During a time when many states are reforming their broken criminal justice systems and closing down unneeded or unsafe prisons, the Wisconsin legislature seems intent on locking up more Wisconsinites. Building costly new prisons isn't a solution to crime.
We need a bold plan that follows the lead of states like Texas, where investment in community-based alternatives to prison not only saved taxpayers money but led to a dramatic reduction in the prison population and, at the same time, a decline in the crime rate that was greater than the national average.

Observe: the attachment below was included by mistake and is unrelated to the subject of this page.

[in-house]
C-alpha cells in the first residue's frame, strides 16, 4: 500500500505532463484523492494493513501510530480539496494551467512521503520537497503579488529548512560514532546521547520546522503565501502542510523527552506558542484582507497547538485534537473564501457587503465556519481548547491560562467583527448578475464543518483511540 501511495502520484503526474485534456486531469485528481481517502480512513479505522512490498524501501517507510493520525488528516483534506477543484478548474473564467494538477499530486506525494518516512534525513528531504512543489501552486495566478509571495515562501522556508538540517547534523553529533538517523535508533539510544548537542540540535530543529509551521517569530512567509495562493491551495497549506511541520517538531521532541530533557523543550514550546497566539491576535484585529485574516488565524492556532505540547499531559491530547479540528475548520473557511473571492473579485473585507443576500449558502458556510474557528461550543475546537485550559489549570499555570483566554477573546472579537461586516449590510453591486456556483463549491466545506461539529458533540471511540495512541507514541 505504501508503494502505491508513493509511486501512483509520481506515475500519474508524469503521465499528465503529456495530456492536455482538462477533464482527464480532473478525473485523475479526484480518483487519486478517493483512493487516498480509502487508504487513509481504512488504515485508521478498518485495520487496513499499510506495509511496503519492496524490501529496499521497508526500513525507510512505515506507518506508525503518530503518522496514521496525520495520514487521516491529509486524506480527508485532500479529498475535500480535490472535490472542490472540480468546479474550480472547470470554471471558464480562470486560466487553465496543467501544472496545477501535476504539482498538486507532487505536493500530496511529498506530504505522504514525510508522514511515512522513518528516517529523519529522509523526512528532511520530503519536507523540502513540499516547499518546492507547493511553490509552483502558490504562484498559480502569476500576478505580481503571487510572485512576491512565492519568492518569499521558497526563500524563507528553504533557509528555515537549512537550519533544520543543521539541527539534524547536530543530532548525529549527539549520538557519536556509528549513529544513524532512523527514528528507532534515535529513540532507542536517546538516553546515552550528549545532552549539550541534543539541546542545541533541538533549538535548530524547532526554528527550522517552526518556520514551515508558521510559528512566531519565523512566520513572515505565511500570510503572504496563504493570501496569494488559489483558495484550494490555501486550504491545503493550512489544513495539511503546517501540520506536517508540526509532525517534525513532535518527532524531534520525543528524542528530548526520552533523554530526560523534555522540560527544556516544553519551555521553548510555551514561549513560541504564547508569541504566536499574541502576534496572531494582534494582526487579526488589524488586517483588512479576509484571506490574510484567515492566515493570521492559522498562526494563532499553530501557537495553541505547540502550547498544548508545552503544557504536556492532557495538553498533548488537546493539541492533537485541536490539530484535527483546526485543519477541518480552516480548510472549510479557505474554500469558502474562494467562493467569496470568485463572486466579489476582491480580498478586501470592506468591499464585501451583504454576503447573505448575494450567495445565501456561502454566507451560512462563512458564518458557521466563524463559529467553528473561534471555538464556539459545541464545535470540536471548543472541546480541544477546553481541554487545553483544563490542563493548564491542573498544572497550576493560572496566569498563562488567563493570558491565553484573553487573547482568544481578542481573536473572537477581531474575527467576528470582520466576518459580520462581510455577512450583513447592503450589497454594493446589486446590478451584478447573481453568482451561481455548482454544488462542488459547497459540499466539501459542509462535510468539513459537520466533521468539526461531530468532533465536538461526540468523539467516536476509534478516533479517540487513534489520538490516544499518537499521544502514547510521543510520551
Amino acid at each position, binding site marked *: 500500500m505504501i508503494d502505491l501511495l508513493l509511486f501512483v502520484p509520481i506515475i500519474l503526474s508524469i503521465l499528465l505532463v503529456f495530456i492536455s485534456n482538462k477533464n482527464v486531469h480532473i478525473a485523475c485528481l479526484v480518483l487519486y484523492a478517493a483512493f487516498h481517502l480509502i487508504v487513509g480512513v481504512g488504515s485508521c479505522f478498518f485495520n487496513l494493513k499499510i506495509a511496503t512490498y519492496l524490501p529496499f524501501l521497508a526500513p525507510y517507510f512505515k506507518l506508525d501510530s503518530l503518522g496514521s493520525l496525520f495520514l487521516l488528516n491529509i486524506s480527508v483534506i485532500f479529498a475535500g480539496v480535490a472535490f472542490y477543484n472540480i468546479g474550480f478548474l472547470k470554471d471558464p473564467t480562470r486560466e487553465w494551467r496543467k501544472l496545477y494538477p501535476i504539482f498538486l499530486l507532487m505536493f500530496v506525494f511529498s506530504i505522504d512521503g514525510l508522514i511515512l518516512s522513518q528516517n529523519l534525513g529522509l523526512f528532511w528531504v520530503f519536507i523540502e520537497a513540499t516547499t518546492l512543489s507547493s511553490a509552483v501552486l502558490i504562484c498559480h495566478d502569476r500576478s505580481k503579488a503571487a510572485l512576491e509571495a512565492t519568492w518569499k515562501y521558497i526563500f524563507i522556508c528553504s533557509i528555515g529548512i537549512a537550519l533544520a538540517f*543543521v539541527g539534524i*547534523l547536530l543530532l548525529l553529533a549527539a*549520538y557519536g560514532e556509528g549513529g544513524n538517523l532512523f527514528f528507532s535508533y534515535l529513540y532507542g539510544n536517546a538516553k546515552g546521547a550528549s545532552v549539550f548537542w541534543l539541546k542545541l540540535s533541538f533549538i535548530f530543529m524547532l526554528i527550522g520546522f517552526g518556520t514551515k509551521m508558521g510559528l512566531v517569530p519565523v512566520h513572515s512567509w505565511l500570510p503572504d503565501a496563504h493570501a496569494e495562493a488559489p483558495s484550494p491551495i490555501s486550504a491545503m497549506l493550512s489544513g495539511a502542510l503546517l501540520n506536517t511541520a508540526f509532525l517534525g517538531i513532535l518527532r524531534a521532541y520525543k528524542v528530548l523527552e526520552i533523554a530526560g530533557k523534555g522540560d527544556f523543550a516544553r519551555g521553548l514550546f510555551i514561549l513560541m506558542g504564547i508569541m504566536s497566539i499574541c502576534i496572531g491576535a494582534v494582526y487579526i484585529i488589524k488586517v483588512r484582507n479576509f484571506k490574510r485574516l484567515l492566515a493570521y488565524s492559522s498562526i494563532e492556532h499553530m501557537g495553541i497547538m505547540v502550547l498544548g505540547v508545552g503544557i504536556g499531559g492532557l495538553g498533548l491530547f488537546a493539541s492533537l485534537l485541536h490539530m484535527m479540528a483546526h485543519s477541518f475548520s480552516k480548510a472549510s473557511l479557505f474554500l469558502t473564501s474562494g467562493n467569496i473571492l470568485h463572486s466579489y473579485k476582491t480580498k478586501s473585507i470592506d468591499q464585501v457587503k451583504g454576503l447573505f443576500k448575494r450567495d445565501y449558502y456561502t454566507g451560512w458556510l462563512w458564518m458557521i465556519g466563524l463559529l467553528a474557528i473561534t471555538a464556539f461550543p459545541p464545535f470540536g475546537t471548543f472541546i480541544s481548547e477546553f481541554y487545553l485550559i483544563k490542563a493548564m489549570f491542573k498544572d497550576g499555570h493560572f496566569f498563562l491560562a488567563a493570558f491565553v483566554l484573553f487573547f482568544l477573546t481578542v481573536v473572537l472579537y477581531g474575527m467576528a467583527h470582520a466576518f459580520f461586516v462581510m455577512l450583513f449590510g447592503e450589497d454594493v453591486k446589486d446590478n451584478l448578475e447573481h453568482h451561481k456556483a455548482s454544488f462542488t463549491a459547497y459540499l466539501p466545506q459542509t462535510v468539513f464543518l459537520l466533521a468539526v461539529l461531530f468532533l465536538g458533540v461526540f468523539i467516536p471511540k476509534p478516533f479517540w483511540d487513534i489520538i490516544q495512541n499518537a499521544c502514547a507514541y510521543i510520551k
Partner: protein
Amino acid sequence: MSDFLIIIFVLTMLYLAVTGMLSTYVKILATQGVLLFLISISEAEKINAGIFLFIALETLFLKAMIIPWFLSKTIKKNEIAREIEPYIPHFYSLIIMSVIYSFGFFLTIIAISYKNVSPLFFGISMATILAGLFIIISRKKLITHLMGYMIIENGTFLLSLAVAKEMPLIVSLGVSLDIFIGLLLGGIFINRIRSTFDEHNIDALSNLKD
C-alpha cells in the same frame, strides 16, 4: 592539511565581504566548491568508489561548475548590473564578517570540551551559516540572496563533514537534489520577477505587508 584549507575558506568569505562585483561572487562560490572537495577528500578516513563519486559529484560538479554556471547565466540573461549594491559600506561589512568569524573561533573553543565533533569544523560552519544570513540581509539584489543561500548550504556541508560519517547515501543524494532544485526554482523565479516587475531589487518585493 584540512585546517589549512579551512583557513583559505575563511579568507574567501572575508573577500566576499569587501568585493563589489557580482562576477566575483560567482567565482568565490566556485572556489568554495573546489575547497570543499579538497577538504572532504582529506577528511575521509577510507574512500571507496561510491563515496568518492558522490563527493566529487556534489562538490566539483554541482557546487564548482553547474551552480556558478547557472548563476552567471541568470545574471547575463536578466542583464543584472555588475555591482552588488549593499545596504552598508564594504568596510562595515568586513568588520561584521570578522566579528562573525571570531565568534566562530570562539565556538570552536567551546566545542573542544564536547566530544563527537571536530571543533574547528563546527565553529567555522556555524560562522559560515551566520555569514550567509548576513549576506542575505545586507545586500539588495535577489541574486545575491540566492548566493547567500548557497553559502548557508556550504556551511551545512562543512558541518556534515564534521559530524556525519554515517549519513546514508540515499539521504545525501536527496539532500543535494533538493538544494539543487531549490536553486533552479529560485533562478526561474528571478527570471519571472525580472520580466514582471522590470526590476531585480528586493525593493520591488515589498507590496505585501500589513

Wisconsin needs legislators who are committed to fixing what is broken. It is past time to address the continued criminalization of people of color, of the homeless, of the chemically-addicted, and of the mentally ill. We need to provide quality treatment and services. We need to envision a new criminal justice system—one that is substantially smaller and committed to the personal safety, health, and dignity of every individual as well as the broader community.
We should not be creating new laws that ensnare increasing numbers of people, and then building a new prison to accommodate this costly and ineffective punitive approach to criminal justice. We can develop effective means of holding people accountable that increase safety in the short and long term; and address the socioeconomic and structural factors that make crime likely in the first place.